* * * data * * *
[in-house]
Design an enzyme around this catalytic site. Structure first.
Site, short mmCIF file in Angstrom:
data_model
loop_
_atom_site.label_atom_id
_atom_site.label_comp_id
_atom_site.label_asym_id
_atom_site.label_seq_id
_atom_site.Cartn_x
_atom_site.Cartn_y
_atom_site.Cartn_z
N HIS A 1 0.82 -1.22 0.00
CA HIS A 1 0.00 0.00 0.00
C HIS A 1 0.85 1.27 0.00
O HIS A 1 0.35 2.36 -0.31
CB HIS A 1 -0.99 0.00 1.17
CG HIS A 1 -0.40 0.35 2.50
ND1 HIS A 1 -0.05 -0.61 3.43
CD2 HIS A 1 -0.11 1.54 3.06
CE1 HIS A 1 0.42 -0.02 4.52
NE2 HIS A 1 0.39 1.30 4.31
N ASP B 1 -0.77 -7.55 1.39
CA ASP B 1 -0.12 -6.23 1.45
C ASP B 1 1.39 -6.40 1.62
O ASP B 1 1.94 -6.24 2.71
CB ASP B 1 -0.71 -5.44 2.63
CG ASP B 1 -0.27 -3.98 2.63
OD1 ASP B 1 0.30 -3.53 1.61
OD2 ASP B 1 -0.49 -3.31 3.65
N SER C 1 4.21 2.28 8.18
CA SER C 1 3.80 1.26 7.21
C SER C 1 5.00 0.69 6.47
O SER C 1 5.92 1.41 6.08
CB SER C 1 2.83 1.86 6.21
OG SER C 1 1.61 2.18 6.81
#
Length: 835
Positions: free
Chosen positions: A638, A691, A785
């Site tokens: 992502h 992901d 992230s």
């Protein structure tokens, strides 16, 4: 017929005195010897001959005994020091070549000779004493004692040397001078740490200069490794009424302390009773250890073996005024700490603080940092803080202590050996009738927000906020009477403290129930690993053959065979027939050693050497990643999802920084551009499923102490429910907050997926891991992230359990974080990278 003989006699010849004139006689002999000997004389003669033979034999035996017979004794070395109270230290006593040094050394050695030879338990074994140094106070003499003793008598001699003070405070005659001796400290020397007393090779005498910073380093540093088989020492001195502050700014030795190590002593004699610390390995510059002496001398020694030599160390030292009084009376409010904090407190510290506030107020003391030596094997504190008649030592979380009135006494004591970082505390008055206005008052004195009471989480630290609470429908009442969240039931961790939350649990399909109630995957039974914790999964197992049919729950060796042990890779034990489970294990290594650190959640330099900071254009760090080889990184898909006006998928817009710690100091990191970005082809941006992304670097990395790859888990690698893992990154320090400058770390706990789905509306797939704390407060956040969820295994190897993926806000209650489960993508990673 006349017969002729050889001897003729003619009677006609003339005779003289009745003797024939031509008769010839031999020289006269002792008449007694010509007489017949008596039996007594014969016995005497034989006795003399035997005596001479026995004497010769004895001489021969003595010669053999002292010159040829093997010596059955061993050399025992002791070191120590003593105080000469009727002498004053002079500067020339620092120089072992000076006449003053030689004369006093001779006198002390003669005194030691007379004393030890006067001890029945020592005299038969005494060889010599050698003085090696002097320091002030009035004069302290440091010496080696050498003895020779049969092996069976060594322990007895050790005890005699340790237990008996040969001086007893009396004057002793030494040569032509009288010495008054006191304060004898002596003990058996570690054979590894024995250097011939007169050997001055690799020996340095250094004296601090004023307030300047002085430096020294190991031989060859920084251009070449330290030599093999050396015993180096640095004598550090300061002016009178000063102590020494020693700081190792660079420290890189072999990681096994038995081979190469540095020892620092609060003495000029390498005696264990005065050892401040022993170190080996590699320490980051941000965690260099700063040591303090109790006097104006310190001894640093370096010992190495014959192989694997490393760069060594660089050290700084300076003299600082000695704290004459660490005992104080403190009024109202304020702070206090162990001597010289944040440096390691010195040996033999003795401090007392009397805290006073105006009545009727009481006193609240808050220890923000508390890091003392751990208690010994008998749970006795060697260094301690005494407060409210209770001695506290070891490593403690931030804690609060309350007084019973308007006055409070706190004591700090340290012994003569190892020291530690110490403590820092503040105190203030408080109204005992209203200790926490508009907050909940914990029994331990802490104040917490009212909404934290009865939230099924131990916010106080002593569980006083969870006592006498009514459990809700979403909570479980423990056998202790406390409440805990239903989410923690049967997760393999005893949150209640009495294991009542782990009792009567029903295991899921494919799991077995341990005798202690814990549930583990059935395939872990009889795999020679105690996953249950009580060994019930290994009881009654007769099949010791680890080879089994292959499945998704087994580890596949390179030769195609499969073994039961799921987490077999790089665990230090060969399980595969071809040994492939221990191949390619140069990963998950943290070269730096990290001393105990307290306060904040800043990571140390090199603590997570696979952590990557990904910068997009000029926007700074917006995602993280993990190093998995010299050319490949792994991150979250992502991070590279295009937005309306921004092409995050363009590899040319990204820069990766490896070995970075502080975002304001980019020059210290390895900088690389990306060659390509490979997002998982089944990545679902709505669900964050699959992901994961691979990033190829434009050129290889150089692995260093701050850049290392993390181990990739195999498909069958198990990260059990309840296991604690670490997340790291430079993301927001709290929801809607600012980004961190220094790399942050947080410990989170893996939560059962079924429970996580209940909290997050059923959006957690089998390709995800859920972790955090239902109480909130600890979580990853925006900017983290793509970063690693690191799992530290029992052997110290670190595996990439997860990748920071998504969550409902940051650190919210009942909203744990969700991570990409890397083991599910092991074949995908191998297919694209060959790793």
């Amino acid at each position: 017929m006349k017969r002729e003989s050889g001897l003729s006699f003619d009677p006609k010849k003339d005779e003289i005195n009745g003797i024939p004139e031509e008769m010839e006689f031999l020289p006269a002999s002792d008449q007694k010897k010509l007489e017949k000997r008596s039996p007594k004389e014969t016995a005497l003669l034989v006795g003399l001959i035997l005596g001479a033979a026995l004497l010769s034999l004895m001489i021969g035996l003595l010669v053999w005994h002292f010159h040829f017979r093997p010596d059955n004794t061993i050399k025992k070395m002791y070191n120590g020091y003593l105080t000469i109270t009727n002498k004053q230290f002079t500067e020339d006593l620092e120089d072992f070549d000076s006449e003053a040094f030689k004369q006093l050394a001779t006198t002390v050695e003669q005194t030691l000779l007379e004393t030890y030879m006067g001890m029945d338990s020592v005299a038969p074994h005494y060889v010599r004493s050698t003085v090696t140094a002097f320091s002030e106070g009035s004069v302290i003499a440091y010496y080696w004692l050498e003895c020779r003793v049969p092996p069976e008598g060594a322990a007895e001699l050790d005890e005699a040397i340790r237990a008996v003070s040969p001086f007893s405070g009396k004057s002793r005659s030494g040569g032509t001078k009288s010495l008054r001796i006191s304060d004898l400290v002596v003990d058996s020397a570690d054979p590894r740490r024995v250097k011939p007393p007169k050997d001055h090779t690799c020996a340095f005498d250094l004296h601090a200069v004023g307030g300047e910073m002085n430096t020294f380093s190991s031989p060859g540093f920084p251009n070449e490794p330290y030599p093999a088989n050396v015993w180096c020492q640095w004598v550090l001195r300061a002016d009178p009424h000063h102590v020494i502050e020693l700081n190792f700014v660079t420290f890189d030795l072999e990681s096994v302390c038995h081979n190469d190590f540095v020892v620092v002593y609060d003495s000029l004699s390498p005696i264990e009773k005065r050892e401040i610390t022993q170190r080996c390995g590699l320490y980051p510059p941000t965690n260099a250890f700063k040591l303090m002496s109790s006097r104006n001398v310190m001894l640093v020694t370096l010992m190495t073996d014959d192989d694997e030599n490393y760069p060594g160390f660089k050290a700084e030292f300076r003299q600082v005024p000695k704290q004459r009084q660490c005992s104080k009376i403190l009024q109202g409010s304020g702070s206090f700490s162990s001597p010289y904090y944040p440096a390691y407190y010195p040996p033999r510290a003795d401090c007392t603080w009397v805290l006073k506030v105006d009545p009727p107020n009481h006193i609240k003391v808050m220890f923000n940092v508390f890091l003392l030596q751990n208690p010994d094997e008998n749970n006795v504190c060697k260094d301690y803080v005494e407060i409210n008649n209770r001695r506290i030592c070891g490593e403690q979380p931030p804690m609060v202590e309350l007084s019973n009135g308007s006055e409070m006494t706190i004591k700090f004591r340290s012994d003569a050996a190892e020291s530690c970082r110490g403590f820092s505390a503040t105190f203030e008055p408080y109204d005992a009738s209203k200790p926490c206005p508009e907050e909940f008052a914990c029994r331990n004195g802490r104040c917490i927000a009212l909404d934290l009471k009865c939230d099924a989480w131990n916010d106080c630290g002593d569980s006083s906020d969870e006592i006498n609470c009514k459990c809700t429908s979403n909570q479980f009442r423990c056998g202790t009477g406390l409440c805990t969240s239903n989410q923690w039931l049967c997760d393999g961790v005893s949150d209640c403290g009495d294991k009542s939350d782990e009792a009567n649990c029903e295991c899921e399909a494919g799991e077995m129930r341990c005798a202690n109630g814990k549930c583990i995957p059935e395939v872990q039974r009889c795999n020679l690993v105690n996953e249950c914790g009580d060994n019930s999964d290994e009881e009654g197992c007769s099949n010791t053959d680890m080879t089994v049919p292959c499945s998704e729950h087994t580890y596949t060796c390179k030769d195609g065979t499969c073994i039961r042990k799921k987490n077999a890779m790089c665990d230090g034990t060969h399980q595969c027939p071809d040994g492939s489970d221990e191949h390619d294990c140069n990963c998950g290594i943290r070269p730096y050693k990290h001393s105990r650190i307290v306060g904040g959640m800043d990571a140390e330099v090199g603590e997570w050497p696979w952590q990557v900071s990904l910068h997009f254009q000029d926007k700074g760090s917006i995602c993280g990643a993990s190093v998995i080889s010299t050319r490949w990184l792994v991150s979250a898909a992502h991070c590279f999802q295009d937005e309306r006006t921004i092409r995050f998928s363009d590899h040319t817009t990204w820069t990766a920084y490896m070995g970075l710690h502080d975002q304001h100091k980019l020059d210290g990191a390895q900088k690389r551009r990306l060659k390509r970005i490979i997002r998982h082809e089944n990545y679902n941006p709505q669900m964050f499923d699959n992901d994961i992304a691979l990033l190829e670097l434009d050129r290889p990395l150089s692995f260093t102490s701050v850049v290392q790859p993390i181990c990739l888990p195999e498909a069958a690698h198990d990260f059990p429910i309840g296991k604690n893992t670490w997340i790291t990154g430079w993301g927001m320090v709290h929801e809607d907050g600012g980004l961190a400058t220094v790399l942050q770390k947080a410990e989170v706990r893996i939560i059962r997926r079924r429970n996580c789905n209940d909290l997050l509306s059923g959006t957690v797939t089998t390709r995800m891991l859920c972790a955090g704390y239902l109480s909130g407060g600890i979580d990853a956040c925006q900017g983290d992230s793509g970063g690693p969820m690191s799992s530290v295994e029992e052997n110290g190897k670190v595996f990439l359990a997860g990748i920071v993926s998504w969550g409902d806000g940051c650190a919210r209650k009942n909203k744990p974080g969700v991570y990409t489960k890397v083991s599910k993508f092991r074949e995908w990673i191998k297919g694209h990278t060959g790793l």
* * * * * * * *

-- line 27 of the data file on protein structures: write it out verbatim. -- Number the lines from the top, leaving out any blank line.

CB ASP B 1 -0.71 -5.44 2.63